The Waldstein Sonata

The 32 piano sonatas composed by Ludwig van Beethoven between 1795 and 1822 are seen by many as a pinnacle of Western classical music. Some of them are so well-known that they have names, for example the Moonlight Sonata (Claudio Arrau, 1970), the Pathetique (Vladimir Ashkenazy, 1972), the Tempest (Glenn Gould, 1967) and the Appassionata (Emil Gilels, 1973). Numerous recordings are available, I have selected for this blog “old” ones.

Several pianists have recorded all of Beethoven’s piano sonatas. For example Artur Schnabel (1932-1935 !), Wilhelm Kempff (1964-65), Daniel Barenboim (2020)

My personal favourite has changed over time. At the moment it is sonata no 21 in C major, opus 53 , the Waldstein sonata, composed in 1804, when Beethoven was 33 years old.

Here is the score of the sonata, by clicking on it you can follow it. Recorded by Wilhelm Kempff

The Wikipedia article about the Waldstein sonata (see the link above) is very informative, it gives a description of the three movements with several sound samples and concludes: It is considered one of Beethoven’s greatest and most technically challenging piano sonatas

Almost all pianists have played the Waldstein and many recordings are available on YouTube. I have selected a few, click on an image to hear the recording. They span almost a century with Lamond the oldest I could find (1923 ?) and Yoshikawa a very recent one (2022).

There are many more. In an article “Beethoven’s ‘Waldstein’ Sonata: a guide to the greatest recordings“, Patrick Rucker, himself a professional pianist, discusses twenty recordings. Not much overlap with my “amateur” selection, only Lamond.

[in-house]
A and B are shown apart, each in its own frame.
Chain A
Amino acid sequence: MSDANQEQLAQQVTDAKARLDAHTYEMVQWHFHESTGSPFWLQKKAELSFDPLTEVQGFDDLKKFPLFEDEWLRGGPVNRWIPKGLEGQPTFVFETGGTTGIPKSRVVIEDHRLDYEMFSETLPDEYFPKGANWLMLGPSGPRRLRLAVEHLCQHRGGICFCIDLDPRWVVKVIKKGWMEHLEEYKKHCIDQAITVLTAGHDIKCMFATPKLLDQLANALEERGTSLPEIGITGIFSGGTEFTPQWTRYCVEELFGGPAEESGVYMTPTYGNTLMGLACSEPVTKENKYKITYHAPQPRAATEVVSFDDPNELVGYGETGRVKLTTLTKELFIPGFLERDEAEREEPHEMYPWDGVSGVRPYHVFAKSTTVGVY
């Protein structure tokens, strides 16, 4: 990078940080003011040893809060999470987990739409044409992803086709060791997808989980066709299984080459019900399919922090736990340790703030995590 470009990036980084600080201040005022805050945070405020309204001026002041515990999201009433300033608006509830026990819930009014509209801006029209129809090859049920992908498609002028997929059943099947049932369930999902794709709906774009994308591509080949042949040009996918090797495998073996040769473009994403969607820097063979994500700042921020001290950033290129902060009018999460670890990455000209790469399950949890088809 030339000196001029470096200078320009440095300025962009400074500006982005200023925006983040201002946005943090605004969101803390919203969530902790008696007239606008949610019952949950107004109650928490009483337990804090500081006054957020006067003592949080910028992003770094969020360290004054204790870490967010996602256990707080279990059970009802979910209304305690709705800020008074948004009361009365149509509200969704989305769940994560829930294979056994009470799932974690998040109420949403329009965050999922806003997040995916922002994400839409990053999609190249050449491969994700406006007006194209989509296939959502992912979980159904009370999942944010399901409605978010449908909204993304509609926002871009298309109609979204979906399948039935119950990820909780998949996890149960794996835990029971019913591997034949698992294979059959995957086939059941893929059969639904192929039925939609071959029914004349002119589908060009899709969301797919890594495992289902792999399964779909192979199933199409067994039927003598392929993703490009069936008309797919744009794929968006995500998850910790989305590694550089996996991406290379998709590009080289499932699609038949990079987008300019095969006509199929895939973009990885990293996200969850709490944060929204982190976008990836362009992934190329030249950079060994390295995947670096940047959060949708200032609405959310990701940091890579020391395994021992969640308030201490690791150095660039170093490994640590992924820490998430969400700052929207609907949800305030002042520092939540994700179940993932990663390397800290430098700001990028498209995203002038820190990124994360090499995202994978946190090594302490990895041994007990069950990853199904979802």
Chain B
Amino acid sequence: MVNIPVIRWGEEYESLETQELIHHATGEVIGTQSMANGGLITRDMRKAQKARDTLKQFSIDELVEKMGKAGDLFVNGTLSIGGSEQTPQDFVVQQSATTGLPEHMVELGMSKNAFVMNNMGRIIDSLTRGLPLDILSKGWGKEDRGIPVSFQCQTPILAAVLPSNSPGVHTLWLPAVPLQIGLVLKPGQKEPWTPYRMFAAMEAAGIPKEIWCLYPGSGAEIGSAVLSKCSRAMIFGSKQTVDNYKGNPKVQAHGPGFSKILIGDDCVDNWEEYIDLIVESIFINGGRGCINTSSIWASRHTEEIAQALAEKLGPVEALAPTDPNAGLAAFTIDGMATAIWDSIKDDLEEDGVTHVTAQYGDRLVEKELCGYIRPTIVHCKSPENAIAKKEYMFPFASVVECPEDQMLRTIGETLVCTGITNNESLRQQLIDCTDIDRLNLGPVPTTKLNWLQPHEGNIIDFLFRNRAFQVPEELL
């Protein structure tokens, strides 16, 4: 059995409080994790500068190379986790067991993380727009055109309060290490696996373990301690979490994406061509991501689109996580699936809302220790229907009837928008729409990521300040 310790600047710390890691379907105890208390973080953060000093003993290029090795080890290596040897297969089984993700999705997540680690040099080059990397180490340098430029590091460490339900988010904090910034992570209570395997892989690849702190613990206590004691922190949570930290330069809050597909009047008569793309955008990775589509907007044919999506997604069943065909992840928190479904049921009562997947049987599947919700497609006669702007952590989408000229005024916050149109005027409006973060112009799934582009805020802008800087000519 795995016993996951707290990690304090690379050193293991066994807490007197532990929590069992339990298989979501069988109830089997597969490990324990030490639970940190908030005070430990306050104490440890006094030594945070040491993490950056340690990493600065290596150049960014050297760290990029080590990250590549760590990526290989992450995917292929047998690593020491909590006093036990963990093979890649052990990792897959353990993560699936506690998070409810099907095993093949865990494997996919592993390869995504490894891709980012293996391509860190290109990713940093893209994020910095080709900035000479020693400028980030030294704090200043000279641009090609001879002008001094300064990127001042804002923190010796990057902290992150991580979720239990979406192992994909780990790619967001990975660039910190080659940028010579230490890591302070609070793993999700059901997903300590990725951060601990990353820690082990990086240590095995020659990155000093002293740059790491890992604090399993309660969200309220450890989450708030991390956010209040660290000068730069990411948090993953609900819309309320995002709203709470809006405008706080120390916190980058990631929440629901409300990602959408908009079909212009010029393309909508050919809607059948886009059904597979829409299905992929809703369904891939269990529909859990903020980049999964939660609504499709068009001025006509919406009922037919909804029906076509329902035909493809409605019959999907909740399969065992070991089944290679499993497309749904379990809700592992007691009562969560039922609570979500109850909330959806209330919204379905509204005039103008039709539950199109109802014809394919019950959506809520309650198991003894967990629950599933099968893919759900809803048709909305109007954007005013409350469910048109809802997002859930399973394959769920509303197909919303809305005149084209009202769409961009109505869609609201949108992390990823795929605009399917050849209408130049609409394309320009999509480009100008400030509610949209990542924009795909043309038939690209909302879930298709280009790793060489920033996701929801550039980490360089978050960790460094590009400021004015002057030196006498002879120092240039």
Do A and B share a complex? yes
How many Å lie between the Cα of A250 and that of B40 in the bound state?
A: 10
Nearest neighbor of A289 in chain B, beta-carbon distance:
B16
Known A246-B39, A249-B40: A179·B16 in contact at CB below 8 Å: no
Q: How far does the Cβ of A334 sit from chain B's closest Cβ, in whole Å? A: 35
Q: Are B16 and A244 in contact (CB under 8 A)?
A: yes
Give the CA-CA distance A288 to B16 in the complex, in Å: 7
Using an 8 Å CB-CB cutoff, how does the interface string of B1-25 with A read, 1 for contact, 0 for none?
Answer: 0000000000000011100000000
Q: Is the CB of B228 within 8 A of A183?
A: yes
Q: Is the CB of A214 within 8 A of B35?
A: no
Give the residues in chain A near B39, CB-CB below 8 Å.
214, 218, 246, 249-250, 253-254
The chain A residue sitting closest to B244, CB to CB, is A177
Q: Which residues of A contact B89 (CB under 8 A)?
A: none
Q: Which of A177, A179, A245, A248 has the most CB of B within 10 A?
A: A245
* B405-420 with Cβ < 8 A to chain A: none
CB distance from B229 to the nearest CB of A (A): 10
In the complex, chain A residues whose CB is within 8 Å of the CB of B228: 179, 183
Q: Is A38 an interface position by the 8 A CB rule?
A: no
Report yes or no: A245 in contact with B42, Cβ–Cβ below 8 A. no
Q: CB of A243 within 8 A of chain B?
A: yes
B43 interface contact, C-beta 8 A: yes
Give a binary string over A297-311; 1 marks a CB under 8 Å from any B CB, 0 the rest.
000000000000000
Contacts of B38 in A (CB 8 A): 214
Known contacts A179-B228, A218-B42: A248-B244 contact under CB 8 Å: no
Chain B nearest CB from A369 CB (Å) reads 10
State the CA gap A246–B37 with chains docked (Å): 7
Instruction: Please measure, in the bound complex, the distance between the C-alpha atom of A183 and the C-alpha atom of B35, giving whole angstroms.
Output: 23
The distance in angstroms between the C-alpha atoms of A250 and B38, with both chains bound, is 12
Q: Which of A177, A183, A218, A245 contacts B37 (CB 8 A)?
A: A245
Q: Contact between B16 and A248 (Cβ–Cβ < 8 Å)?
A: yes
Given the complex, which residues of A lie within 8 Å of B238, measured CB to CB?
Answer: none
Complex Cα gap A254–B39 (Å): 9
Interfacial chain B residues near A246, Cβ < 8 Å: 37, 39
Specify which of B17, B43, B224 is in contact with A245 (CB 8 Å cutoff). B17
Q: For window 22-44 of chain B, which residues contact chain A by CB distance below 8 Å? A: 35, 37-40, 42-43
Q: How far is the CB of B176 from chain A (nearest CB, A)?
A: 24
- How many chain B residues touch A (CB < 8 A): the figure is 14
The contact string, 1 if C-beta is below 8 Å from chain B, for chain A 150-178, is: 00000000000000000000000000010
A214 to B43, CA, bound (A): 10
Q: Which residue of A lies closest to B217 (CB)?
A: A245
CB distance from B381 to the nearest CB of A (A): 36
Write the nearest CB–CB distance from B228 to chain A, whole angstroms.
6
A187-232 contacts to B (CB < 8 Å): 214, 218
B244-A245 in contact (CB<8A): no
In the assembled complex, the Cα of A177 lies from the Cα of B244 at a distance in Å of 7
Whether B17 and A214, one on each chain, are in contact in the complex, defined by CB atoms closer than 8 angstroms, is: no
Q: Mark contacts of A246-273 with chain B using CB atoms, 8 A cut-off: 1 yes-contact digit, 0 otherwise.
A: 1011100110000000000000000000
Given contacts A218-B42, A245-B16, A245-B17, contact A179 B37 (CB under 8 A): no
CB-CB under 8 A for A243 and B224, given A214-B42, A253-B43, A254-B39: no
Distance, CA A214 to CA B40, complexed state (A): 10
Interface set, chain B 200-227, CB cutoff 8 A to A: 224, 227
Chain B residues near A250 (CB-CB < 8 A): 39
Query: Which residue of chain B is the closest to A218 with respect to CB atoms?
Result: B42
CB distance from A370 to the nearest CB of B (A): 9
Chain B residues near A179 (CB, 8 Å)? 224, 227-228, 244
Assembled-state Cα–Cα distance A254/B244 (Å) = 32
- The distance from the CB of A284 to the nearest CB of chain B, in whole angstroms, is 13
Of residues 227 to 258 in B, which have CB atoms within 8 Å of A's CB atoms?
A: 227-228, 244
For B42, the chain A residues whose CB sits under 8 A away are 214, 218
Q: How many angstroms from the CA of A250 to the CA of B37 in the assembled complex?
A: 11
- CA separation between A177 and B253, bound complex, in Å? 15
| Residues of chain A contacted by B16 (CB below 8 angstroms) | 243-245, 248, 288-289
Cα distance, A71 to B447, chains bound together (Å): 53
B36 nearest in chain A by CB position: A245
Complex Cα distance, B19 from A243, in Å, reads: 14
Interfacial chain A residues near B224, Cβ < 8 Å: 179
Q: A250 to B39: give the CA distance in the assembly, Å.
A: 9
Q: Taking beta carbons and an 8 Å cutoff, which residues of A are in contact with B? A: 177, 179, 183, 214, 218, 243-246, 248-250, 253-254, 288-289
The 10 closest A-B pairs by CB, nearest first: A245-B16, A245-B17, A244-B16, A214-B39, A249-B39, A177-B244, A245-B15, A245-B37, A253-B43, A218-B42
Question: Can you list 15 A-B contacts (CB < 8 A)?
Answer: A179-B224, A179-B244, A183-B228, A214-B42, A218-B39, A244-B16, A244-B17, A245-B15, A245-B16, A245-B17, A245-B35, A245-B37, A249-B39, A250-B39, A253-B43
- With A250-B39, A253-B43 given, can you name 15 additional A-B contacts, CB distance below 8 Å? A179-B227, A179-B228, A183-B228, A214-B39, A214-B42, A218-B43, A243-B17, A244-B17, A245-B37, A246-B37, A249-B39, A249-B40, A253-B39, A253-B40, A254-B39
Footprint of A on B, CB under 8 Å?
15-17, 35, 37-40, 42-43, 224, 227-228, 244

I am a fan of András Schiff. I like his playing, I like to see him play and I also like to hear him talk. Talk, yes, because almost twenty years ago, he has given “lecture-recitals” in the Wigmore Hall, London , where he analysed Beethoven piano sonatas before playing them.

Here is what he has to say about the Waldstein. Click on the image to listen to the lecture.

Personally I find his way of lecturing very charming, his way of talking is gentle and softspoken, it gives the impression that he is more or less improvising, although I am sure that his lecture has been prepared in details, with some little jokes every now and then. Very informative, just give it a try.

Of course he talks in this lecture about the second movement of the Waldstein. Beethoven had originally written a different one, but when he played the sonata for his friends, they objected, that it didn’t fit with the other two movements. Apparently Beethoven got angry, but he wrote a replacement anyway, calling it an Introduzione, and for me it makes the Waldstein special.

The original second movement, Andante Favori, is often played as an encore. Here you can listen to both, left the original Andante Favori, right the Introduzione. Both played by Schiff, click on the image to listen. If you have not listened to the full sonata, you may be surprised by the ending of the Introduzione. Actually the third movement follows immediately (“attacca”)

Schiff is a versatile musician, not only a pianist, but also a conductor. He looks to me a very amiable person, but not everyone agrees with that, click here for some sever criticism . I may write a separate blog post about him another time 😉

To end this Waldstein blog, here is a special visual recording. Click to watch. Left hand blue, right hand yellow.

And here is the first page of the manuscript for the Waldstein sonata, written down by Beethoven himself.

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